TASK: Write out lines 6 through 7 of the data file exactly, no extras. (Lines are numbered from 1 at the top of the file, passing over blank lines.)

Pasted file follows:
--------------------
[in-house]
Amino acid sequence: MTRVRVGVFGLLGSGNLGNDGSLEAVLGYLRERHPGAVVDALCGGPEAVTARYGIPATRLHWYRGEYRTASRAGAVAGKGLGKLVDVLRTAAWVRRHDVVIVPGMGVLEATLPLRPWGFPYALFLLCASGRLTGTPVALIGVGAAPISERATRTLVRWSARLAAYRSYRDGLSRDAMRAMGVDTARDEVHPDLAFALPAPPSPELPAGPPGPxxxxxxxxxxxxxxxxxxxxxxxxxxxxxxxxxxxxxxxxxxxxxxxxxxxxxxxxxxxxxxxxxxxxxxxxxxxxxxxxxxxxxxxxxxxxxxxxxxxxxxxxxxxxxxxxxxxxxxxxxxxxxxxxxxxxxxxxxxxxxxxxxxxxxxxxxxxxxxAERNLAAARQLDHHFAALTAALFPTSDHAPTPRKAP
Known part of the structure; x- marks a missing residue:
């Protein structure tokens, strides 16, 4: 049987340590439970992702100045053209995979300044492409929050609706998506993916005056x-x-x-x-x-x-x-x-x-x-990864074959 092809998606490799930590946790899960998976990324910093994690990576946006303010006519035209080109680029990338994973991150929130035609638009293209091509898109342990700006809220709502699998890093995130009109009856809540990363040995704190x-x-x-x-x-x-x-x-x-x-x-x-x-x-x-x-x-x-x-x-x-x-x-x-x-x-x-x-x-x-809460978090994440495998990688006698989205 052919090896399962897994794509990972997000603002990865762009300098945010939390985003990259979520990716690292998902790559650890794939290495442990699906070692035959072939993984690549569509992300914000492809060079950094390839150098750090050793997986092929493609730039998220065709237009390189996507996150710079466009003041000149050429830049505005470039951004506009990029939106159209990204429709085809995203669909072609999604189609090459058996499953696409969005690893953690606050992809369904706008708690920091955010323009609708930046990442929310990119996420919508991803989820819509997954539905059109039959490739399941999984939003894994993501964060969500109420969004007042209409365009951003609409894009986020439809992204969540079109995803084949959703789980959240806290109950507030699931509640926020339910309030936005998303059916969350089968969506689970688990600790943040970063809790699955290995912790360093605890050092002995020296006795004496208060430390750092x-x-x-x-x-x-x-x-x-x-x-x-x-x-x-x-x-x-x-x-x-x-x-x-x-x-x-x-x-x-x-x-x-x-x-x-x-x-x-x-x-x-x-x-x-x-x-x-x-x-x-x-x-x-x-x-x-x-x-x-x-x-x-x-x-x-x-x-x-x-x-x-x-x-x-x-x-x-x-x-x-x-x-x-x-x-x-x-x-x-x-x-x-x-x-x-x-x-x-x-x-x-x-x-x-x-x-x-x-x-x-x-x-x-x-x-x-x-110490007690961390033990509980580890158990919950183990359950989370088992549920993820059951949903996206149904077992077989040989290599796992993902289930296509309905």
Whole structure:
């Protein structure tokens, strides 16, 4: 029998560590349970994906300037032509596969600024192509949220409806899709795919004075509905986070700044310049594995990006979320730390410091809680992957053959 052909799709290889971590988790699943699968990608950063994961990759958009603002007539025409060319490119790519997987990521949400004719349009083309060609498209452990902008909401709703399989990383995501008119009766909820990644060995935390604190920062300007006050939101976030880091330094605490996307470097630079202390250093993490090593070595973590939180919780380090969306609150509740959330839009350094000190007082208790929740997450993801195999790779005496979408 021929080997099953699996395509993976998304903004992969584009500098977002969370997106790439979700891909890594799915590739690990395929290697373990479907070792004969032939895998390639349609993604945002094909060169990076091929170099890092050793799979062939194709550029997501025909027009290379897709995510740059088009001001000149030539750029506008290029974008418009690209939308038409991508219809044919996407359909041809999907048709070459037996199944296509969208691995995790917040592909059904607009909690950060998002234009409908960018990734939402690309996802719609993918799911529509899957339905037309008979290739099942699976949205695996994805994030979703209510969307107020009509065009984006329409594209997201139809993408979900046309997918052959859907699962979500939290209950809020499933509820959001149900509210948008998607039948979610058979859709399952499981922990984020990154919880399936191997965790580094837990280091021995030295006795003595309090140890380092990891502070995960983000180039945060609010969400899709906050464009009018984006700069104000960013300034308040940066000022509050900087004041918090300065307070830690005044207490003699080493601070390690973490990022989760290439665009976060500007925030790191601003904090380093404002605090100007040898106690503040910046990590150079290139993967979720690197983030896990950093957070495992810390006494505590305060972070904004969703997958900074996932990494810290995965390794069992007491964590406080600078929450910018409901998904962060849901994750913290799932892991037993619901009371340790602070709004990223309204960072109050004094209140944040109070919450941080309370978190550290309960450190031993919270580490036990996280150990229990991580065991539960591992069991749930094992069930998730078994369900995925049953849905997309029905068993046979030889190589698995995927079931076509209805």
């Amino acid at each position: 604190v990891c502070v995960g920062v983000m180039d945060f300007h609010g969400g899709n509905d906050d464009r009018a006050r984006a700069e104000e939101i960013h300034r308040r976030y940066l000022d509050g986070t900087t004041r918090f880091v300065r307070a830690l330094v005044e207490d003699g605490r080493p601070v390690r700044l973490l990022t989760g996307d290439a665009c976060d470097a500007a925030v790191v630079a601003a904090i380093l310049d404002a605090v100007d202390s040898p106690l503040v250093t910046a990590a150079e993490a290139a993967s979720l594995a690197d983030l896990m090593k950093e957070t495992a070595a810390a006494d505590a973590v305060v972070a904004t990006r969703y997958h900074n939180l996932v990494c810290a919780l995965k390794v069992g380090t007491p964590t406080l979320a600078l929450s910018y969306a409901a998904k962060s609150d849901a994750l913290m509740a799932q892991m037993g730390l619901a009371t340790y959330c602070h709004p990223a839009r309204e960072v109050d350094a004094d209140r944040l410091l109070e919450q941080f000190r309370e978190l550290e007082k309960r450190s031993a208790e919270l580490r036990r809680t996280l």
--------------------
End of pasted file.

């Protein structure tokens, strides 16, 4: 029998560590349970994906300037032509596969600024192509949220409806899709795919004075509905986070700044310049594995990006979320730390410091809680992957053959 052909799709290889971590988790699943699968990608950063994961990759958009603002007539025409060319490119790519997987990521949400004719349009083309060609498209452990902008909401709703399989990383995501008119009766909820990644060995935390604190920062300007006050939101976030880091330094605490996307470097630079202390250093993490090593070595973590939180919780380090969306609150509740959330839009350094000190007082208790929740997450993801195999790779005496979408 021929080997099953699996395509993976998304903004992969584009500098977002969370997106790439979700891909890594799915590739690990395929290697373990479907070792004969032939895998390639349609993604945002094909060169990076091929170099890092050793799979062939194709550029997501025909027009290379897709995510740059088009001001000149030539750029506008290029974008418009690209939308038409991508219809044919996407359909041809999907048709070459037996199944296509969208691995995790917040592909059904607009909690950060998002234009409908960018990734939402690309996802719609993918799911529509899957339905037309008979290739099942699976949205695996994805994030979703209510969307107020009509065009984006329409594209997201139809993408979900046309997918052959859907699962979500939290209950809020499933509820959001149900509210948008998607039948979610058979859709399952499981922990984020990154919880399936191997965790580094837990280091021995030295006795003595309090140890380092990891502070995960983000180039945060609010969400899709906050464009009018984006700069104000960013300034308040940066000022509050900087004041918090300065307070830690005044207490003699080493601070390690973490990022989760290439665009976060500007925030790191601003904090380093404002605090100007040898106690503040910046990590150079290139993967979720690197983030896990950093957070495992810390006494505590305060972070904004969703997958900074996932990494810290995965390794069992007491964590406080600078929450910018409901998904962060849901994750913290799932892991037993619901009371340790602070709004990223309204960072109050004094209140944040109070919450941080309370978190550290309960450190031993919270580490036990996280150990229990991580065991539960591992069991749930094992069930998730078994369900995925049953849905997309029905068993046979030889190589698995995927079931076509209805």
């Amino acid at each position: 604190v990891c502070v995960g920062v983000m180039d945060f300007h609010g969400g899709n509905d906050d464009r009018a006050r984006a700069e104000e939101i960013h300034r308040r976030y940066l000022d509050g986070t900087t004041r918090f880091v300065r307070a830690l330094v005044e207490d003699g605490r080493p601070v390690r700044l973490l990022t989760g996307d290439a665009c976060d470097a500007a925030v790191v630079a601003a904090i380093l310049d404002a605090v100007d202390s040898p106690l503040v250093t910046a990590a150079e993490a290139a993967s979720l594995a690197d983030l896990m090593k950093e957070t495992a070595a810390a006494d505590a973590v305060v972070a904004t990006r969703y997958h900074n939180l996932v990494c810290a919780l995965k390794v069992g380090t007491p964590t406080l979320a600078l929450s910018y969306a409901a998904k962060s609150d849901a994750l913290m509740a799932q892991m037993g730390l619901a009371t340790y959330c602070h709004p990223a839009r309204e960072v109050d350094a004094d209140r944040l410091l109070e919450q941080f000190r309370e978190l550290e007082k309960r450190s031993a208790e919270l580490r036990r809680t996280l």